Physical activity can play a vital role in the treatment and prevention of many of the long-term effects of childhood cancer and cancer therapy. Specifically, physical activity may attenuate the long-term risk for adverse cardiovascular effects, low bone density, obesity, and poor quality-of-life measures. Physicians caring for long-term survivors of cancer should be prepared to evaluate the survivor's risk for long-term effects and provide accurate advice regarding the prescription of physical activity for the management and prevention of these problems. Knowing when physical activity prescription can help mitigate the late effects of childhood cancer and cancer therapy, and the barriers to physical activity for survivors, will help physicians provide quality care to childhood cancer survivors.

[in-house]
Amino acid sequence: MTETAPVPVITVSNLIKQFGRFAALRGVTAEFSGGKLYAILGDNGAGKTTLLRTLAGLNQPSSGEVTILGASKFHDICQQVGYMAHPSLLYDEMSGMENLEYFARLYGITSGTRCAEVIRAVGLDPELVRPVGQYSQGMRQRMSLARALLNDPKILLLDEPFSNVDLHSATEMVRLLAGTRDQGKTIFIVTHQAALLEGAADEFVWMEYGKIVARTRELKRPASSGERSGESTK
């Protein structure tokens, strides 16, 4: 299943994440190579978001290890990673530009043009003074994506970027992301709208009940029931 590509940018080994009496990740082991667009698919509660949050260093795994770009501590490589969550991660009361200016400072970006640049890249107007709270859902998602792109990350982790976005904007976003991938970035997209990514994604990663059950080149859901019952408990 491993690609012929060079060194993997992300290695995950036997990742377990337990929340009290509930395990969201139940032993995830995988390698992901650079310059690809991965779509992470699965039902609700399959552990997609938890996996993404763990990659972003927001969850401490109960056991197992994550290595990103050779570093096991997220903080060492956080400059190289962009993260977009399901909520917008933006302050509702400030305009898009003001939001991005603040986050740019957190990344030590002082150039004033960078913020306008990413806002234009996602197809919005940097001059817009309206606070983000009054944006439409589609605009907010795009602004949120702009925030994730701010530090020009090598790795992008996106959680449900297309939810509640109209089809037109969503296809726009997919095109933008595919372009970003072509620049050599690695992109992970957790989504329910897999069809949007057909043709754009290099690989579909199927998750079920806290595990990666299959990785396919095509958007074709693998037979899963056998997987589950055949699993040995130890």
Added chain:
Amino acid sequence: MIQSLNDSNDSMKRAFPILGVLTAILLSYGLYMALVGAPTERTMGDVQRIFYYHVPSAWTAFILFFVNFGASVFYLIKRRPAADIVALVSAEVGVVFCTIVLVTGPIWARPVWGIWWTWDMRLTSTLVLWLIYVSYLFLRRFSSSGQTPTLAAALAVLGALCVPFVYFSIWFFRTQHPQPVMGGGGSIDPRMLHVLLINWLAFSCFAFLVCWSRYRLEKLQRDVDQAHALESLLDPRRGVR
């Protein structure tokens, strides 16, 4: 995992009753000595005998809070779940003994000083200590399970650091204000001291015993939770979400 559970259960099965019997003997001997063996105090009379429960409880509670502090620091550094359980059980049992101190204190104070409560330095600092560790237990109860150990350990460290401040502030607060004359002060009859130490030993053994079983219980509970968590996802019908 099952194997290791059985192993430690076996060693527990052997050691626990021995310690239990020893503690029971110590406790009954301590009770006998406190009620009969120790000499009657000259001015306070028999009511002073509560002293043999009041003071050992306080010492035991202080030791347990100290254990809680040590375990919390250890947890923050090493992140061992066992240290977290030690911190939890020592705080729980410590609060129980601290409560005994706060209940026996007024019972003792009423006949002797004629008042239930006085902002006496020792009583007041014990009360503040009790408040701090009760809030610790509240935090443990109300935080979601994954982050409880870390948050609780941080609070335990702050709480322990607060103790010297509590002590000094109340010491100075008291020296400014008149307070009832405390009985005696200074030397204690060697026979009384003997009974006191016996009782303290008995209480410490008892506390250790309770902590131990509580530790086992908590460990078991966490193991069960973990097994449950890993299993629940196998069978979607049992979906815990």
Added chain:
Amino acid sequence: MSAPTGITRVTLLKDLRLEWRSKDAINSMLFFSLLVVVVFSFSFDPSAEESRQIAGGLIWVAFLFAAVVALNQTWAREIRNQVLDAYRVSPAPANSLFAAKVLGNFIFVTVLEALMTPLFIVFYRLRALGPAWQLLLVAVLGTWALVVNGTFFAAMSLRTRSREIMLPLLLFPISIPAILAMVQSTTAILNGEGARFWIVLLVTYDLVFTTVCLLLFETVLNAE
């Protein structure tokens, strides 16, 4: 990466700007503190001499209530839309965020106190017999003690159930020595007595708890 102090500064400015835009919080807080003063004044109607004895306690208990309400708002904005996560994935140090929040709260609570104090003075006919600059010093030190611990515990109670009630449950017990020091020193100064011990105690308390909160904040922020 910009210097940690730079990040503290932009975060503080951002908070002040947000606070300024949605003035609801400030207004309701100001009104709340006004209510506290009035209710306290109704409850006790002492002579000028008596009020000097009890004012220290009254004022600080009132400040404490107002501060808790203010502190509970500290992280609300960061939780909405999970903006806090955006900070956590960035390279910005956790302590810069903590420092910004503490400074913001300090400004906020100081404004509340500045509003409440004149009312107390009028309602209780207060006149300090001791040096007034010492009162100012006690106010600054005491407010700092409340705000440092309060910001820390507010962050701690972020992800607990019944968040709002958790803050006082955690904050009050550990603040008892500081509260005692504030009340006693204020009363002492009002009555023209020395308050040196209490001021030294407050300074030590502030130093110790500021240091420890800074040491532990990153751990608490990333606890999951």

Case Western Reserve University, Rainbow Babies and Children's Hospital, Cleveland, OH
Address for correspondence: Amanda K. Weiss Kelly, MD, Case Western Reserve University, Rainbow Babies and Children's Hospital, Cleveland, OH (E-mail: Amandakelly1@mac.com).